The vast array of possibilities on offer is what, understandably, confuses many as they start to think seriously about how to find a graduate job. It is very important, from the outset, that you provide yourself with the necessary information to cut through that confusion to give yourself a clearer route through knowing what type of work you are looking for and how to find appropriate vacancies.
Where to start
Any job search runs the risk of being pointless if you haven't first identified what you have to offer to a job in terms of your graduate skills and abilities. You'll also need to consider what you want from a job in terms of the types of activity you want to engage in, the level of financial reward you are seeking, the sorts of people you want to work with etc. This understanding of your own needs is a vital starting to anyone's job hunt. If you neglect to do it, it is likely that applications and interviews will find you out as you will struggle to show an employer what it is you have to offer. You will also not be clear on which types of job you shoud be applying for and why. Time spent understanding yourself and matching your own needs to the requirements of particular jobs will always be time well spent.
Investigating your options
Once you have a clearer idea about what you have to offer a job and what you want from a job, you are likely to make more sense of your research into what different jobs involve and their likely suitability for you. In your research always try to get behind the stereotypical image of any job and try not to be swayed by what others may think - remember this is your job and you are investigating its potential for you, not anyone else. It is also important to have some understanding of the current labour market. Much greater numbers of graduates enter the workforce than used to be the case - this has inevitability brought chance to the 'graduate job' with graduates now entering a wider variety of jobs than ever before. Very few people now have a job for life so it is important you take responsibility for your own career. Graduate now are expected to be much more self reliant, capable of handling change and use their own initiative in their jobs. More employers now seek to fill specific posts rather than recruit onto training schemes and SMEs (small and medium sized enterprises who employ up to 250 employees) are employing increasing numbers of graduates.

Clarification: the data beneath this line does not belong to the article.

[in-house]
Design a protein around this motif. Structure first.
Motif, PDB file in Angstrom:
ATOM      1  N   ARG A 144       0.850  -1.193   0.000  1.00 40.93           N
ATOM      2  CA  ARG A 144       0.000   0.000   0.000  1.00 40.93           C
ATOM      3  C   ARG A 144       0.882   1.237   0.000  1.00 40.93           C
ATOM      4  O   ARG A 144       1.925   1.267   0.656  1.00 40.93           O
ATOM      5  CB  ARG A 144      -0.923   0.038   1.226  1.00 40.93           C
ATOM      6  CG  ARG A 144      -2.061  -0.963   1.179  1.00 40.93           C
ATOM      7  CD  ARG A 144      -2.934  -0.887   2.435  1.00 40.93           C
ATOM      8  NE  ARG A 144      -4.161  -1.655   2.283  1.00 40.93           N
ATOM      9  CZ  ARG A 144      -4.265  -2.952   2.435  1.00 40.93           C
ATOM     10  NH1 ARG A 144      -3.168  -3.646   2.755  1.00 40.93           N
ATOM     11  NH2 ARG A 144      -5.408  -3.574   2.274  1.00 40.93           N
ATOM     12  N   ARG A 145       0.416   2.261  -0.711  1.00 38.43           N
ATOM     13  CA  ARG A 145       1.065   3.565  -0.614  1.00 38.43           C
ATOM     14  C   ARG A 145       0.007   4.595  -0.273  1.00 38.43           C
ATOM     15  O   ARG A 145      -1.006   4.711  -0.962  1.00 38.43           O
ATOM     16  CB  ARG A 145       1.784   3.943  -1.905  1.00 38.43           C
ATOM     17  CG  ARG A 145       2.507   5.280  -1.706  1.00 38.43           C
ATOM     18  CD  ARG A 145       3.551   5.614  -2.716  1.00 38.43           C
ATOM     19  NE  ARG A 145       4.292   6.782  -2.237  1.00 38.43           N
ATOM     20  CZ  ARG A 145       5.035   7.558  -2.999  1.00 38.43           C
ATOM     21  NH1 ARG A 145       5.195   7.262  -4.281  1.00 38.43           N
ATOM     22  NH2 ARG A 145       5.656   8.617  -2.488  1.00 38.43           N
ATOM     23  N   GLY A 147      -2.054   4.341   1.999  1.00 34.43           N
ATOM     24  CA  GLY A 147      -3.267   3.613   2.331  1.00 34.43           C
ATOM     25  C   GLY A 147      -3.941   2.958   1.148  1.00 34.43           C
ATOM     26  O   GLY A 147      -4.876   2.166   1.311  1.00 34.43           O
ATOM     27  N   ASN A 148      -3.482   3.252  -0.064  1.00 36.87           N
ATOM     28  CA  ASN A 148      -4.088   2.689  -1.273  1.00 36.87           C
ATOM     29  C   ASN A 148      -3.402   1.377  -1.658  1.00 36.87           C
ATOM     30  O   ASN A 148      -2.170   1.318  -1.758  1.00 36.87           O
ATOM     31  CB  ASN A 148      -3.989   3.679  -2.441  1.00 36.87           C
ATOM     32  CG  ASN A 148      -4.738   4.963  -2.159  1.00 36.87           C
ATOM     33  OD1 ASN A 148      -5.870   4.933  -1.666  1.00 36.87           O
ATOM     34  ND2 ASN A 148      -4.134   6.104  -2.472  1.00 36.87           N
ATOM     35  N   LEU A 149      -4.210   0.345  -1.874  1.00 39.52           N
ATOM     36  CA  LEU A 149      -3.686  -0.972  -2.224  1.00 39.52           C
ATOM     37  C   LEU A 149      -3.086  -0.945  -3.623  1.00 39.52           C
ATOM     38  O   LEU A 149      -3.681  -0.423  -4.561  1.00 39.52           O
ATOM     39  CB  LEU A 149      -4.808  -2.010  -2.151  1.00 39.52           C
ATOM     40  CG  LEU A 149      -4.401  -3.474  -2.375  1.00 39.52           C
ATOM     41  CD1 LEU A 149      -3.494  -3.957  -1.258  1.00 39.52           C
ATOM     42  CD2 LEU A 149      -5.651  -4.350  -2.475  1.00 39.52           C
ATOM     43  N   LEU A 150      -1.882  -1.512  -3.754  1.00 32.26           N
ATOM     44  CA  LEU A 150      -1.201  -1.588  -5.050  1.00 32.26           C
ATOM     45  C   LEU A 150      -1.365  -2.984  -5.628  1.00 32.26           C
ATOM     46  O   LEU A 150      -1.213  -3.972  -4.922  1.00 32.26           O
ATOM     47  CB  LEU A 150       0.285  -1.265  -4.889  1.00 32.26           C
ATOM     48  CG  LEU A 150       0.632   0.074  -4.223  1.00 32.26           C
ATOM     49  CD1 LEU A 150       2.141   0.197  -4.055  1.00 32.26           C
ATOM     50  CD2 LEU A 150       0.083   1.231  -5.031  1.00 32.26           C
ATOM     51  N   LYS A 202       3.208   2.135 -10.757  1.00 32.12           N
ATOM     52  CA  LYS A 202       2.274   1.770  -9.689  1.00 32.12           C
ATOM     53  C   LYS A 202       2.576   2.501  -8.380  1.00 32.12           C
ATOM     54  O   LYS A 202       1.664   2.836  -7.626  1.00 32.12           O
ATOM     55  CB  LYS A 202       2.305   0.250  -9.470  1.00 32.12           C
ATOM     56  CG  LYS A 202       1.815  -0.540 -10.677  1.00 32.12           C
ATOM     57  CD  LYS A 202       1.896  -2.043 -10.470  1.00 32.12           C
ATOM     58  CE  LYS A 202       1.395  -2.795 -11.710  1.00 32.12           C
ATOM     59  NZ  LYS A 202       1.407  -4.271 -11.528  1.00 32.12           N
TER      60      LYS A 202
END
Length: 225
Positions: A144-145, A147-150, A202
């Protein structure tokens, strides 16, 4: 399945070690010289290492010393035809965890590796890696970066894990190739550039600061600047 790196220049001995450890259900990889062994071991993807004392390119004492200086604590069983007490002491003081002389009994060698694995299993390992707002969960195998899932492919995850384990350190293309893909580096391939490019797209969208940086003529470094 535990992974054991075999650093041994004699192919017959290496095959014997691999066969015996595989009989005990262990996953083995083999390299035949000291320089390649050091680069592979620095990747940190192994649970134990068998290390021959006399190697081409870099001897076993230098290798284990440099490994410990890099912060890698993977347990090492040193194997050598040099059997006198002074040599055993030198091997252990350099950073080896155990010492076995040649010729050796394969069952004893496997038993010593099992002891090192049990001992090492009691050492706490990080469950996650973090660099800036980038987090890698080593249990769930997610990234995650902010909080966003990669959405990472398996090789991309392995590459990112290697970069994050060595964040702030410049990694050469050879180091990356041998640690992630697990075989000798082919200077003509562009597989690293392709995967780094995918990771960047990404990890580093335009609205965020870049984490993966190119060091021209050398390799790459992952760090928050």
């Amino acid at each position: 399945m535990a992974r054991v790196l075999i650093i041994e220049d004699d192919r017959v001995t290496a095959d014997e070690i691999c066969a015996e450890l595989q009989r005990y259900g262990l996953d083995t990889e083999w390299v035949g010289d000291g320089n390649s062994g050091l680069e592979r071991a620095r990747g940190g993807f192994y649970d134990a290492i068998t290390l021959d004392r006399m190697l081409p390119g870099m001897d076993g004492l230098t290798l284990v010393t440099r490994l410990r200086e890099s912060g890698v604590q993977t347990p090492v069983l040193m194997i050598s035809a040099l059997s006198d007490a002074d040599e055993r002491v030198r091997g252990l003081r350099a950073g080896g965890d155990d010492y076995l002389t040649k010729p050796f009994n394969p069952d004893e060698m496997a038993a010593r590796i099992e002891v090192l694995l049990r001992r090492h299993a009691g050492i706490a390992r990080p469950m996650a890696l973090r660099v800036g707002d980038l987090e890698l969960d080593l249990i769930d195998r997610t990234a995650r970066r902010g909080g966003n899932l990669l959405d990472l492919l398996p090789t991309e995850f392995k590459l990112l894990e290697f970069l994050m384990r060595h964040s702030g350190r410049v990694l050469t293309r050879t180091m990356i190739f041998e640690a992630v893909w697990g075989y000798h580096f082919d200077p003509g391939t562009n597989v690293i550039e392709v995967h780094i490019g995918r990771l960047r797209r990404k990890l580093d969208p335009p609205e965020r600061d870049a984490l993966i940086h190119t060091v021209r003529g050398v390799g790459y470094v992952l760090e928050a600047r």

Graduate recruitment agencies or consultancies offer services for applicants to find them both temporary and permanent work. They work with clients to understand their needs within the employer that they are searching for and suggest possible job openings appropriate for them. Recruitment consultancies can offer additional help with applying for jobs, preparing for interviews and feedback for improvement. They can be a huge advantage on time saving and stress saving for a graduate looking for a job.
Job boards are websites that companies specifically station open positions on. They are devices that allow an employer to undertake employees directly. A majority of job boards include details such as the name of the employer, an application deadline date, qualifications required and a method for application. Both Government job boards and Private job boards are available and so they provide a widespread range of graduate opportunities.
Graduate careers fairs are often located on university campuses. They are an event which permits employers and recruiters to present information to potential employees. Careers fairs are an excellent way of talking to professionals with any possible questions and allowing a graduate to increase knowledge of companies and jobs that are available to them. Often there are two or three careers fair events at a university a year - the careers service can assist in obtaining when and where they are.
Career services are available through universities and are often who organise career fairs on campus to employ students who are about to graduate. Visiting the Careers services is beneficial to finding a graduate job through providing key dates for recruitment events, assisting in the creation of a graduate CV or cover letter, and they can also hold recommendation letters provided by a faculty to be passed on to employers.
Networking is the creation of connections in the corporal world. These contacts are usually maintained through mutual benefit and consistent communication. The benefits of networking to find graduate jobs are great for climbing the modern competitive business world. However it is a task that does require commitment and perseverance.
Approaching companies directly
Approaching companies directly is a beneficial way of searching for a graduate job. It requires a lot of personal research and therefore is time consuming to the individual. However it is an exceptional way of showing employers maturity and skill.
Making and using contacts